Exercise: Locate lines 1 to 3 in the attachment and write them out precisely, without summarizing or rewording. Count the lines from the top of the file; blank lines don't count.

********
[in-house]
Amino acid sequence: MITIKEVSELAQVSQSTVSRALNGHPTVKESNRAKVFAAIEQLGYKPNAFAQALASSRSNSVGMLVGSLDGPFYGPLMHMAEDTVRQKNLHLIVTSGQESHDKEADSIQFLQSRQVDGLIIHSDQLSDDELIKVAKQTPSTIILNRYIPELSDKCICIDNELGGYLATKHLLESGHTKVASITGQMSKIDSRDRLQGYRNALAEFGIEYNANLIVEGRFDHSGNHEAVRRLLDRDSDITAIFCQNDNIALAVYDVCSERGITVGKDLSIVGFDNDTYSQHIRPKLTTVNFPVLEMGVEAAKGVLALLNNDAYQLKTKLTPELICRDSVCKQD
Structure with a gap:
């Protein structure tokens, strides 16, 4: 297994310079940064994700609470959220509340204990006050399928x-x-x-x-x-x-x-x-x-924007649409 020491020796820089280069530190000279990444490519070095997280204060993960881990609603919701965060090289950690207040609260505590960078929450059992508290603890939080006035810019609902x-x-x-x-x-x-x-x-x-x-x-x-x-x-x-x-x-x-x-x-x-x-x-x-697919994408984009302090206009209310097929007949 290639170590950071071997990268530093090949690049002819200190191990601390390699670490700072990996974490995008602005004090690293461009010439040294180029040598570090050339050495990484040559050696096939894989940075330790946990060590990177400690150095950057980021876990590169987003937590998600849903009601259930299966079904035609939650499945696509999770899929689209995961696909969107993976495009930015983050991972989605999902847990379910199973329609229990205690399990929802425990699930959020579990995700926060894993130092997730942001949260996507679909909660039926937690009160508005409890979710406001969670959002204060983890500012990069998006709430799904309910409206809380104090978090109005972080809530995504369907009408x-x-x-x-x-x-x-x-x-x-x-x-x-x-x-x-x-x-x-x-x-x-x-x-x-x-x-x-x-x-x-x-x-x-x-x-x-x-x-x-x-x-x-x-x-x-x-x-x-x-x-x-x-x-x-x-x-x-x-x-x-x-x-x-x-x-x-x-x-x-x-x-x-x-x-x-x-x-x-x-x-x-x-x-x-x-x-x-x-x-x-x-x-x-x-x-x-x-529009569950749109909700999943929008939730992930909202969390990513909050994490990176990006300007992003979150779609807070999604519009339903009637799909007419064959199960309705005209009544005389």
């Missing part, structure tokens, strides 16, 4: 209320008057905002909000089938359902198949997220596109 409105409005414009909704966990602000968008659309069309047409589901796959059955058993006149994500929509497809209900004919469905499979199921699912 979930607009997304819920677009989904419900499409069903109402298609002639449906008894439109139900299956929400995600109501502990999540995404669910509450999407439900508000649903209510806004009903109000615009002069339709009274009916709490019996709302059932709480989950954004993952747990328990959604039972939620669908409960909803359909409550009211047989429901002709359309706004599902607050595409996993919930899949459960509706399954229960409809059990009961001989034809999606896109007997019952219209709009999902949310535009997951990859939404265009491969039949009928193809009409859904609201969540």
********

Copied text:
[in-house]
Amino acid sequence: MITIKEVSELAQVSQSTVSRALNGHPTVKESNRAKVFAAIEQLGYKPNAFAQALASSRSNSVGMLVGSLDGPFYGPLMHMAEDTVRQKNLHLIVTSGQESHDKEADSIQFLQSRQVDGLIIHSDQLSDDELIKVAKQTPSTIILNRYIPELSDKCICIDNELGGYLATKHLLESGHTKVASITGQMSKIDSRDRLQGYRNALAEFGIEYNANLIVEGRFDHSGNHEAVRRLLDRDSDITAIFCQNDNIALAVYDVCSERGITVGKDLSIVGFDNDTYSQHIRPKLTTVNFPVLEMGVEAAKGVLALLNNDAYQLKTKLTPELICRDSVCKQD
Structure with a gap: